DIRECTOR: Clint Eastwood
CAST: Matt Damon, Cecile De France, Jay Mohr, George and Frankie McLaren and Bryce Dallas Howard
RUNNING TIME: 127 min
Death is inevitable. But it isn’t something one chooses to mull over.
And because of the morbid subject matter directors don’t feel the need to explore it unless it is demanded by the script.
Hereafter is penned by Peter Morgan, who was inspired to look at the impact of and around death after losing a close friend in an accident.
And the heart-wrenching sentiments of the characters bear testament to his feelings at the time.
This compelling movie looks at the unusual ways death visits several individuals from different social strata.
George Lonegan (Damon) is a psychic who gets a regular blue-collar job as he believes his ability is a curse.
His brother Billy feels George should embrace his gift as he helps people find closure after the death of a loved one.
Meanwhile, French journalist Marie Lelay (De France) struggles to deal with a near-death experience after being trapped by a tsunami.
Her curiosity about the experience affects her newly flourishing career and her relationship, but Marie is determined to raise awareness and shed light on the issue by sharing her own experience.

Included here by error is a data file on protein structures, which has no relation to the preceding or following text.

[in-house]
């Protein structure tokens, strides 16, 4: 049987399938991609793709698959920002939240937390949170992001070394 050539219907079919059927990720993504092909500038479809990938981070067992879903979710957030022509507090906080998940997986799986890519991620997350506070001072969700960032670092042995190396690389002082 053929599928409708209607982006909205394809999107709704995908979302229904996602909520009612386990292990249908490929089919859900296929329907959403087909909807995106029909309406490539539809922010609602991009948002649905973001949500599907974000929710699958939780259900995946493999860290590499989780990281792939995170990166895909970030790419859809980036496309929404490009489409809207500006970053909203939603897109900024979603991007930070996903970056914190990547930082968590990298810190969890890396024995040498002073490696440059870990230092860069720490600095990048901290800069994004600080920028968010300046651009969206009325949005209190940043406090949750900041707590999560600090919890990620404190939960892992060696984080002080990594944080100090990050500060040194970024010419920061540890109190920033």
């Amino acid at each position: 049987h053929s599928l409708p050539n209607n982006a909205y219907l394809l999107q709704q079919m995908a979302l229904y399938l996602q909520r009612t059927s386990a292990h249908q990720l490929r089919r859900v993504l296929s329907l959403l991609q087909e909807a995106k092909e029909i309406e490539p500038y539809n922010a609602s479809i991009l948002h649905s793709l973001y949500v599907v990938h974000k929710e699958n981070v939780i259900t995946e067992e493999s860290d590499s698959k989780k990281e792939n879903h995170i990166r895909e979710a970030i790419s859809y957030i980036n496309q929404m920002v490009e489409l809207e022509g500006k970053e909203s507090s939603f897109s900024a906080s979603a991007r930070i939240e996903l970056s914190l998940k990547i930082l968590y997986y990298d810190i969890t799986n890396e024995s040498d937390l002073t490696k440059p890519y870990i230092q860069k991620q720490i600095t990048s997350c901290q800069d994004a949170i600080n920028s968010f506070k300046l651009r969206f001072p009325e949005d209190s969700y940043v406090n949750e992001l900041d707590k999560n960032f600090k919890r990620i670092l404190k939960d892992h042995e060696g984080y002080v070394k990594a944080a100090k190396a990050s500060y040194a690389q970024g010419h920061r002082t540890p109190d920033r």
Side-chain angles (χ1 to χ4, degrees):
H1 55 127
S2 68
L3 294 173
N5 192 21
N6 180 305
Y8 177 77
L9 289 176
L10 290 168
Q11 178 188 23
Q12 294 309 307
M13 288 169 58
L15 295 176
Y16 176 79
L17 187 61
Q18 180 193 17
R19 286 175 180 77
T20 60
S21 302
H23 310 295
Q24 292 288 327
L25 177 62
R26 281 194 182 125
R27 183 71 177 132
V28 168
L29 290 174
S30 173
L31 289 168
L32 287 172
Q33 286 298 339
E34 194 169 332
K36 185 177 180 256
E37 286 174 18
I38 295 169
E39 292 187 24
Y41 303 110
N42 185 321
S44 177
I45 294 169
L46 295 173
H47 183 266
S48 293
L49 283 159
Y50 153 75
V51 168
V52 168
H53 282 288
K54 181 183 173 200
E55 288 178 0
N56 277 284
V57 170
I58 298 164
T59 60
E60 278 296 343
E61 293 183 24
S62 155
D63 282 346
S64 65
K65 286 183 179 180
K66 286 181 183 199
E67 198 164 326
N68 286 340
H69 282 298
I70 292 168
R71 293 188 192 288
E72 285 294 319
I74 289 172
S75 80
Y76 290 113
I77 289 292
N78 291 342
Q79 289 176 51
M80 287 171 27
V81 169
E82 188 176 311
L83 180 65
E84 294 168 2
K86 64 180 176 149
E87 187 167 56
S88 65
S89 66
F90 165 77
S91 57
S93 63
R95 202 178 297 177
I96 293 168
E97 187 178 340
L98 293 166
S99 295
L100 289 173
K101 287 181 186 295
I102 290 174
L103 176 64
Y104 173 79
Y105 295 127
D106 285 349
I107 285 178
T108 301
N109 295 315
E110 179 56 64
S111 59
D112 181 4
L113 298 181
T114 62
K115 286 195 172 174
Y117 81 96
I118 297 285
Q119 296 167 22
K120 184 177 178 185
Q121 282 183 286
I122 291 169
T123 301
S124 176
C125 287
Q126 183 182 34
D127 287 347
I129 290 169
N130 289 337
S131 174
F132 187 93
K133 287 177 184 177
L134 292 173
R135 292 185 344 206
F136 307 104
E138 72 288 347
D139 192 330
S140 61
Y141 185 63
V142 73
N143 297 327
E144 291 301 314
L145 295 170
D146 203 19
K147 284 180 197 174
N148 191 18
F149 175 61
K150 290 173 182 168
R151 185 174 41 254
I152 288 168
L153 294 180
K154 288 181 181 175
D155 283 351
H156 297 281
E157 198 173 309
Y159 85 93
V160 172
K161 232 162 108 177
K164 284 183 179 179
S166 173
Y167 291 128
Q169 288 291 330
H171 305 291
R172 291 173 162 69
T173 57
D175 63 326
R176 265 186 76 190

And then there is Marcus, who is struggling to deal with the loss of his twin brother Jacob, who was killed in a car accident.
His numerous attempts to make contact with Jacob in the afterlife are the catalyst for him eventually crossing paths with George.
How these three protagonists piece together their lives while battling with their own demons forms the crux of the story.
Given his years in Hollywood, Eastwood is a director and producer worth his weight in salt.
He has an eye for detail, a knack for cajoling the best performance from his cast and his direction is unfussy but effective.
Forget the kick-ass Damon we have seen in The Bourne Identity franchise.
This time around he delivers an understated performance of note playing a John Edward-type character conflicted about helping others at much cost to his personal life.
De France is absolutely fabulous in her spirited role that is executed with praiseworthy conviction.
Actors George and Frankie McLaren, as inseparable twins Marcus and Jacob, tug at the heart with their earnest performances as they protect their druggie mother from the authorities.
While Hereafter unfolds in a very poetic fashion, it is a movie that will appeal to a niche audience.
Food for thought, this movie may provide… but it fails to linger long after the end credits roll.
If you liked… Munich, Flatliners, Awake and The Girl With the Dragon Tattoo… you’ll enjoy this. - Tonight